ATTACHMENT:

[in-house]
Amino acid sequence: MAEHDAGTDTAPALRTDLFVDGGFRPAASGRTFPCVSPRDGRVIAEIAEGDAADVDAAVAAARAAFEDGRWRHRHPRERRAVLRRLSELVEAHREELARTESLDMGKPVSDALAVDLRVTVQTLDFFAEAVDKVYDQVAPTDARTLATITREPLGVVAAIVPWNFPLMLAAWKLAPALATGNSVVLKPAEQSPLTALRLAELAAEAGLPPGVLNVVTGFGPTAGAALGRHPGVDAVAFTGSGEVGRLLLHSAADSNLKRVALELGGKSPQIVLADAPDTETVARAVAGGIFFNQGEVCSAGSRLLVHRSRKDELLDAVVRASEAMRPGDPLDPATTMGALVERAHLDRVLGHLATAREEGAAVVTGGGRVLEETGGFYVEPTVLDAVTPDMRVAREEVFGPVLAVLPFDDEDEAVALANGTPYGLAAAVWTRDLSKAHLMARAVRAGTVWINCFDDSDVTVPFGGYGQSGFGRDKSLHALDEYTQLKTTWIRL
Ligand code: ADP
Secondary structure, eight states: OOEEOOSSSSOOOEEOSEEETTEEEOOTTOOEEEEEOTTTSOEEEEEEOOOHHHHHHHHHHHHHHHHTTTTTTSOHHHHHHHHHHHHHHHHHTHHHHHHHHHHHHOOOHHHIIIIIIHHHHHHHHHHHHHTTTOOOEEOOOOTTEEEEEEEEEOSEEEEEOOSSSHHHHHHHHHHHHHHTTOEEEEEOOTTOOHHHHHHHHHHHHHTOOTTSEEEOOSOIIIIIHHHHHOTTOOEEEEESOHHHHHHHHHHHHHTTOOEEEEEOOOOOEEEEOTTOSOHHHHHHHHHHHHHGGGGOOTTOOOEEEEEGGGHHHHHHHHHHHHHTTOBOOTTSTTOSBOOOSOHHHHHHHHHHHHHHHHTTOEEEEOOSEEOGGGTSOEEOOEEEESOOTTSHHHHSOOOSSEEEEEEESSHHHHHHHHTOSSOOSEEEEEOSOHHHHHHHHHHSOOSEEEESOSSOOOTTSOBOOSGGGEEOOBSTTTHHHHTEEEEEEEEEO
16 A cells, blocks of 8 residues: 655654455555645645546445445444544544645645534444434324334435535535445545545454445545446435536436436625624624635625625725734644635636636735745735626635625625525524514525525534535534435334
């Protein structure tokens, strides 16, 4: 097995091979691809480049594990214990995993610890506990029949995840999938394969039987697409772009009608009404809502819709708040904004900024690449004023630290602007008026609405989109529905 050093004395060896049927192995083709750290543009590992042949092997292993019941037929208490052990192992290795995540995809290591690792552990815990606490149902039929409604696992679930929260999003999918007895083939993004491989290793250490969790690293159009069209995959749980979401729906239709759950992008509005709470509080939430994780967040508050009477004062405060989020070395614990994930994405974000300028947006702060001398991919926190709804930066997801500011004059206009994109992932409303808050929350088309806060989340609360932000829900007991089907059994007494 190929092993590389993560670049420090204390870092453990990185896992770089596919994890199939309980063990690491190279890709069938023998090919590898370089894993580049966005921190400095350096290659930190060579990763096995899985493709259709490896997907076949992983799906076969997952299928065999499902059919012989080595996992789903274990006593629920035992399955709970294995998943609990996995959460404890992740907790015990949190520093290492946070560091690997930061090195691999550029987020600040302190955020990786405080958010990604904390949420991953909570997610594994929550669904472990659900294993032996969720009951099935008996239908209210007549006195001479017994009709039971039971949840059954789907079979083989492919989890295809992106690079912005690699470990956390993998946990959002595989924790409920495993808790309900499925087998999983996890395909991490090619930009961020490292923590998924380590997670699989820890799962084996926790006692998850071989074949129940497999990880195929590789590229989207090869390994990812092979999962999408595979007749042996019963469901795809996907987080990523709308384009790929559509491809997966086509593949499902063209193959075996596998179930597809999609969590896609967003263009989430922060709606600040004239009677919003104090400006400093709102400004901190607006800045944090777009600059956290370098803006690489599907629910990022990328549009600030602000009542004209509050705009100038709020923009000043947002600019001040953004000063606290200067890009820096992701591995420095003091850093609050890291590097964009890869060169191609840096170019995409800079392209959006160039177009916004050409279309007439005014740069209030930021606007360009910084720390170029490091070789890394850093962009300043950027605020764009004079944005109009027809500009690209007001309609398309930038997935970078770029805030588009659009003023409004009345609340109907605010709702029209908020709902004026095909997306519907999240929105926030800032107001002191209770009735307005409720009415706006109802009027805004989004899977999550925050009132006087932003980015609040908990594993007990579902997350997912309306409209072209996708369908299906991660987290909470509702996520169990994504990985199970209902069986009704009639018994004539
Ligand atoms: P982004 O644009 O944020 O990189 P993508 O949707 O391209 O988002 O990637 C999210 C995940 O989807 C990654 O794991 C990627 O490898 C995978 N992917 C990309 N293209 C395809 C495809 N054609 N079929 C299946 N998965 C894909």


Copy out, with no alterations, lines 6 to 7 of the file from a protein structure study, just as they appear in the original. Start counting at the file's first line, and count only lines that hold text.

């Protein structure tokens, strides 16, 4: 097995091979691809480049594990214990995993610890506990029949995840999938394969039987697409772009009608009404809502819709708040904004900024690449004023630290602007008026609405989109529905 050093004395060896049927192995083709750290543009590992042949092997292993019941037929208490052990192992290795995540995809290591690792552990815990606490149902039929409604696992679930929260999003999918007895083939993004491989290793250490969790690293159009069209995959749980979401729906239709759950992008509005709470509080939430994780967040508050009477004062405060989020070395614990994930994405974000300028947006702060001398991919926190709804930066997801500011004059206009994109992932409303808050929350088309806060989340609360932000829900007991089907059994007494 190929092993590389993560670049420090204390870092453990990185896992770089596919994890199939309980063990690491190279890709069938023998090919590898370089894993580049966005921190400095350096290659930190060579990763096995899985493709259709490896997907076949992983799906076969997952299928065999499902059919012989080595996992789903274990006593629920035992399955709970294995998943609990996995959460404890992740907790015990949190520093290492946070560091690997930061090195691999550029987020600040302190955020990786405080958010990604904390949420991953909570997610594994929550669904472990659900294993032996969720009951099935008996239908209210007549006195001479017994009709039971039971949840059954789907079979083989492919989890295809992106690079912005690699470990956390993998946990959002595989924790409920495993808790309900499925087998999983996890395909991490090619930009961020490292923590998924380590997670699989820890799962084996926790006692998850071989074949129940497999990880195929590789590229989207090869390994990812092979999962999408595979007749042996019963469901795809996907987080990523709308384009790929559509491809997966086509593949499902063209193959075996596998179930597809999609969590896609967003263009989430922060709606600040004239009677919003104090400006400093709102400004901190607006800045944090777009600059956290370098803006690489599907629910990022990328549009600030602000009542004209509050705009100038709020923009000043947002600019001040953004000063606290200067890009820096992701591995420095003091850093609050890291590097964009890869060169191609840096170019995409800079392209959006160039177009916004050409279309007439005014740069209030930021606007360009910084720390170029490091070789890394850093962009300043950027605020764009004079944005109009027809500009690209007001309609398309930038997935970078770029805030588009659009003023409004009345609340109907605010709702029209908020709902004026095909997306519907999240929105926030800032107001002191209770009735307005409720009415706006109802009027805004989004899977999550925050009132006087932003980015609040908990594993007990579902997350997912309306409209072209996708369908299906991660987290909470509702996520169990994504990985199970209902069986009704009639018994004539
Ligand atoms: P982004 O644009 O944020 O990189 P993508 O949707 O391209 O988002 O990637 C999210 C995940 O989807 C990654 O794991 C990627 O490898 C995978 N992917 C990309 N293209 C395809 C495809 N054609 N079929 C299946 N998965 C894909």